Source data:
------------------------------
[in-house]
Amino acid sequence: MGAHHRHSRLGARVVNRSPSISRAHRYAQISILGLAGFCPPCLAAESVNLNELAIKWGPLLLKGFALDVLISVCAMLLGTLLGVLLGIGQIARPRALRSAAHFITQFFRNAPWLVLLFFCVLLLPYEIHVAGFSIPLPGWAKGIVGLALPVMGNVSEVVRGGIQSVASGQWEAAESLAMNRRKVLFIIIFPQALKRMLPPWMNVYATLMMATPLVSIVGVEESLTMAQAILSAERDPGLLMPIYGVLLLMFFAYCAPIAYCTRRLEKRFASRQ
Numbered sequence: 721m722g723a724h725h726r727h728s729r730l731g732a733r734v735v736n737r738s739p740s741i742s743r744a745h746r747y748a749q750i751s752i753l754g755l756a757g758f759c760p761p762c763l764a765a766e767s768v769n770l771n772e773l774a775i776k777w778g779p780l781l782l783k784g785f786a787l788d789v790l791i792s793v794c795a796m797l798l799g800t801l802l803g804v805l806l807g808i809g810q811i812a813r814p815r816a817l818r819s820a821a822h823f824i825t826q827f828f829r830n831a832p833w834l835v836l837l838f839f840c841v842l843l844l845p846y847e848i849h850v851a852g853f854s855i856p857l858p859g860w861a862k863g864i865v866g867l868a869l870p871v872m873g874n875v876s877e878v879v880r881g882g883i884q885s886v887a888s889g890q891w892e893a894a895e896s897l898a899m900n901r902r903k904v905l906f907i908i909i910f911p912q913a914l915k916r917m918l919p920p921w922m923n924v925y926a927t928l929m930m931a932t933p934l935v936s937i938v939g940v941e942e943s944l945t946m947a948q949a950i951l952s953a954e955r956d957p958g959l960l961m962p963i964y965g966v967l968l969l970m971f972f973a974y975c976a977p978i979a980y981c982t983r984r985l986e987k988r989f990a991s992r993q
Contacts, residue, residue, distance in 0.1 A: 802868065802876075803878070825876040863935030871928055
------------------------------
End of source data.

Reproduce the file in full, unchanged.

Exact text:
[in-house]
Amino acid sequence: MGAHHRHSRLGARVVNRSPSISRAHRYAQISILGLAGFCPPCLAAESVNLNELAIKWGPLLLKGFALDVLISVCAMLLGTLLGVLLGIGQIARPRALRSAAHFITQFFRNAPWLVLLFFCVLLLPYEIHVAGFSIPLPGWAKGIVGLALPVMGNVSEVVRGGIQSVASGQWEAAESLAMNRRKVLFIIIFPQALKRMLPPWMNVYATLMMATPLVSIVGVEESLTMAQAILSAERDPGLLMPIYGVLLLMFFAYCAPIAYCTRRLEKRFASRQ
Numbered sequence: 721m722g723a724h725h726r727h728s729r730l731g732a733r734v735v736n737r738s739p740s741i742s743r744a745h746r747y748a749q750i751s752i753l754g755l756a757g758f759c760p761p762c763l764a765a766e767s768v769n770l771n772e773l774a775i776k777w778g779p780l781l782l783k784g785f786a787l788d789v790l791i792s793v794c795a796m797l798l799g800t801l802l803g804v805l806l807g808i809g810q811i812a813r814p815r816a817l818r819s820a821a822h823f824i825t826q827f828f829r830n831a832p833w834l835v836l837l838f839f840c841v842l843l844l845p846y847e848i849h850v851a852g853f854s855i856p857l858p859g860w861a862k863g864i865v866g867l868a869l870p871v872m873g874n875v876s877e878v879v880r881g882g883i884q885s886v887a888s889g890q891w892e893a894a895e896s897l898a899m900n901r902r903k904v905l906f907i908i909i910f911p912q913a914l915k916r917m918l919p920p921w922m923n924v925y926a927t928l929m930m931a932t933p934l935v936s937i938v939g940v941e942e943s944l945t946m947a948q949a950i951l952s953a954e955r956d957p958g959l960l961m962p963i964y965g966v967l968l969l970m971f972f973a974y975c976a977p978i979a980y981c982t983r984r985l986e987k988r989f990a991s992r993q
Contacts, residue, residue, distance in 0.1 A: 802868065802876075803878070825876040863935030871928055